SEVERS DISEASE: Heel Pain in Children
2020 is gone and competitive sport is well and truly back! After the year we have endured the welcome return to sport was a blessing, however it has led to the increase in prevalence of a number of different patient presentations here at 13th Beach Health Services. With winter sports now well underway and therefore an increase in physical activity for most, we have seen a number of children presenting with heel pain. As a parent, you may notice that your child is limping while walking or running and they might complain of pain in the heel after training or games, as well as first thing in the morning. If this sounds like your child then it might be due to Severs Disease.
What is Severs Disease? Severs disease, also known as calcaneal apophysitis, is an irritation and inflammation of the growth plate in the heel. It is caused by repetitive stress on the area, which is more common following an increase in physical activity. Due to the lack of competitive sport in 2020 it is no surprise that for many there has been a big increase in load in the last 4-6 months. However we also see Severs disease causing heel pain in children who are less active.
But Why?? Severs disease is most common in 8-16 year olds and often occurs during growth spurts, when structures such as bones, muscles and tendons are rapidly changing, which along with increased activity load also places extra stress on the heel region. There are a number of other factors that can increase the risk of Severs disease including the presence of flattened arches of the feet and poorly fitting shoes, and therefore it can commonly occur in both of the heels.
The heel bone, or calcaneus, provides the attachment site for many different tendons and ligaments from the lower leg and foot, including the thickest tendon in the body, the Achilles tendon.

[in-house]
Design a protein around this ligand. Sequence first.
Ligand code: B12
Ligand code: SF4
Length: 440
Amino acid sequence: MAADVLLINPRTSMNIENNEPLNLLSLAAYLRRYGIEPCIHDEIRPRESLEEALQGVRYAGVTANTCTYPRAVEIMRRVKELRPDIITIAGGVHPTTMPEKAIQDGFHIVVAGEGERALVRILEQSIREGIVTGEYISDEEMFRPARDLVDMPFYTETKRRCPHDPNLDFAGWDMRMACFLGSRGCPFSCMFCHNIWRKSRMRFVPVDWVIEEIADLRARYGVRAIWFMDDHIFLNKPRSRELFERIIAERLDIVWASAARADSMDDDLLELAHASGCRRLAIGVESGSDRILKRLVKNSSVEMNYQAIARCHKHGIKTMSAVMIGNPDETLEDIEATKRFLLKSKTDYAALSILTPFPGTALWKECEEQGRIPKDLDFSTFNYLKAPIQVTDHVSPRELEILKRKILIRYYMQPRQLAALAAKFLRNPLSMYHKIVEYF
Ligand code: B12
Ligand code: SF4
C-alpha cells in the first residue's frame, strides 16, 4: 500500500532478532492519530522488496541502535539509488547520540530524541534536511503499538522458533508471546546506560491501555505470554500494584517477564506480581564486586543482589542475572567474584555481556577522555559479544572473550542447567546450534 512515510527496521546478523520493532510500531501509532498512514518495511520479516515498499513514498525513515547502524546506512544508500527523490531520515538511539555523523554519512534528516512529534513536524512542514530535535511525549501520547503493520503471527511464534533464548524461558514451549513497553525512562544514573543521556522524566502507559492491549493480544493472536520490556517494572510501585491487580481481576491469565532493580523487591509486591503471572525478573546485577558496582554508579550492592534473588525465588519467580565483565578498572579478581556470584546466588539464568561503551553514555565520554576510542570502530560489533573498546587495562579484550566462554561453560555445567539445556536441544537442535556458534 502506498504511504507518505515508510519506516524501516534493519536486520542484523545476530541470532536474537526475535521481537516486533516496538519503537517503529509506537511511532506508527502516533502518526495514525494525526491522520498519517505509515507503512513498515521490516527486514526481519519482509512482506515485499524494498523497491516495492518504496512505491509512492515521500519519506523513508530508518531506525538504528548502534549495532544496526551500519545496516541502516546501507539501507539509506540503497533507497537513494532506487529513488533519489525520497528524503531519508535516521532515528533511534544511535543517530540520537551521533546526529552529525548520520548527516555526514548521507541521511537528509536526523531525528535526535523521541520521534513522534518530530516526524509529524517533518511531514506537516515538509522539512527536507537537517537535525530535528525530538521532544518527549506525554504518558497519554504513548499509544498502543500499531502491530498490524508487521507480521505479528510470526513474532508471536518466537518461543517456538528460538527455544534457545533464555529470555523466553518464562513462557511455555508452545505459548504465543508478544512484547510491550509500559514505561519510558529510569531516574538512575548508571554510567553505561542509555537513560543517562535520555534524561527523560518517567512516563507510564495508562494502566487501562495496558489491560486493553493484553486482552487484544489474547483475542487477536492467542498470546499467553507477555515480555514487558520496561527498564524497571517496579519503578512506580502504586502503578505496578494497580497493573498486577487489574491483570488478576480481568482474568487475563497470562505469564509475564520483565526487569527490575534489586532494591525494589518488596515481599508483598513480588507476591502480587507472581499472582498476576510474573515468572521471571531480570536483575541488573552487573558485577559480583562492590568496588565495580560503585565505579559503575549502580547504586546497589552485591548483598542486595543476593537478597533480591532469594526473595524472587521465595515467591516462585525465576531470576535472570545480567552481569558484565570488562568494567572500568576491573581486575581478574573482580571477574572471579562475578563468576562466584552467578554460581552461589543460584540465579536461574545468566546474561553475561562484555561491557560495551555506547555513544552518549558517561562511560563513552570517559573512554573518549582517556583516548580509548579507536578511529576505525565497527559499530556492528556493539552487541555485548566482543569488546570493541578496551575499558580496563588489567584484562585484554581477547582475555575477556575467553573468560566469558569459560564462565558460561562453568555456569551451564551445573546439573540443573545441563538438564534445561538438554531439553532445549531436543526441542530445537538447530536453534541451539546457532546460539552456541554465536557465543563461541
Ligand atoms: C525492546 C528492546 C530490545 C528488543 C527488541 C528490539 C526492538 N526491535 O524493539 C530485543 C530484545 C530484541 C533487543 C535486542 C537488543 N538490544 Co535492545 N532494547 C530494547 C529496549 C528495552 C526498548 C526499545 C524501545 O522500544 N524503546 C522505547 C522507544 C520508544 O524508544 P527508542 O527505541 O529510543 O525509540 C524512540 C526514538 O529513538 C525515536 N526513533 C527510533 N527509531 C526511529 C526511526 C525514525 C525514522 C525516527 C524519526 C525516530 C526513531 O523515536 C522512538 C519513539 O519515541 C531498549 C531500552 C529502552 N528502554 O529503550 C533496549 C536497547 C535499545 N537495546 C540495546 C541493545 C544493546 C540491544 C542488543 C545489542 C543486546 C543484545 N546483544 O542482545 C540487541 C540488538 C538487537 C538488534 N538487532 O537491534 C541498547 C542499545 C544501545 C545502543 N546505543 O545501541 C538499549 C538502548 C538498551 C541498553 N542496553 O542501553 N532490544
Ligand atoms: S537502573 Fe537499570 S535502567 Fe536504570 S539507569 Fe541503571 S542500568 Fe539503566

While we are growing and these bones and tendons are still developing, an increase in activity can cause more stress on these structures. Increasing physical activity which often increases movement through the foot and ankle can lead to the achilles tendon placing excessive traction upon the heel bone, leading to the body responding with inflammation of the area.
So how can the team at 13th Beach Health Services help?
Firstly we aim to provide some reduction in symptoms and therefore some relief from pain. We need to reduce inflammation and decrease or eliminate load. Icing with a frozen water bottle under the foot can assist with decreasing inflammation and can be used in combination with stretches and foam rolling as advised by our practitioners.
Our team of highly trained Osteopaths and Physiotherapists will complete an assessment of the foot and ankle, as well as a functional assessment of the knees, hips and joints of the lower back in order to gain a better understanding of how the body is transmitting load. This holistic assessment allows us to better understand the cause and address it to ensure symptoms don’t return.
Our practitioners will then use different techniques, such as soft tissue massage and movement of these joints to alleviate the tension placed on the calcaneus. We will also be able to provide a thorough and tailored rehabilitation program to get your kids back doing the sports they love.
Do we need to get orthotics?
If your practitioner thinks it is appropriate it might also be necessary to be reviewed by our in house Podiatrist – Catherine. She will take a look at your child’s footwear and may tape the foot, provide heel supports or suggest an orthotics if required.
Finally – Listen to your child! If your child complains of heel pain this isn’t normal. Suspect Severs until proven otherwise.
At 13th Beach Health Services we pride ourselves on our multidisciplinary approach to every patient. By using a combination of our different practitioners we guarantee a thorough and tailored management plan for your child. If you have any other questions or concerns we suggest coming into the clinic to speak to one of the many practitioners here at 13th Beach Health Services who can help! Call the clinic today on 5254 2668 or book online.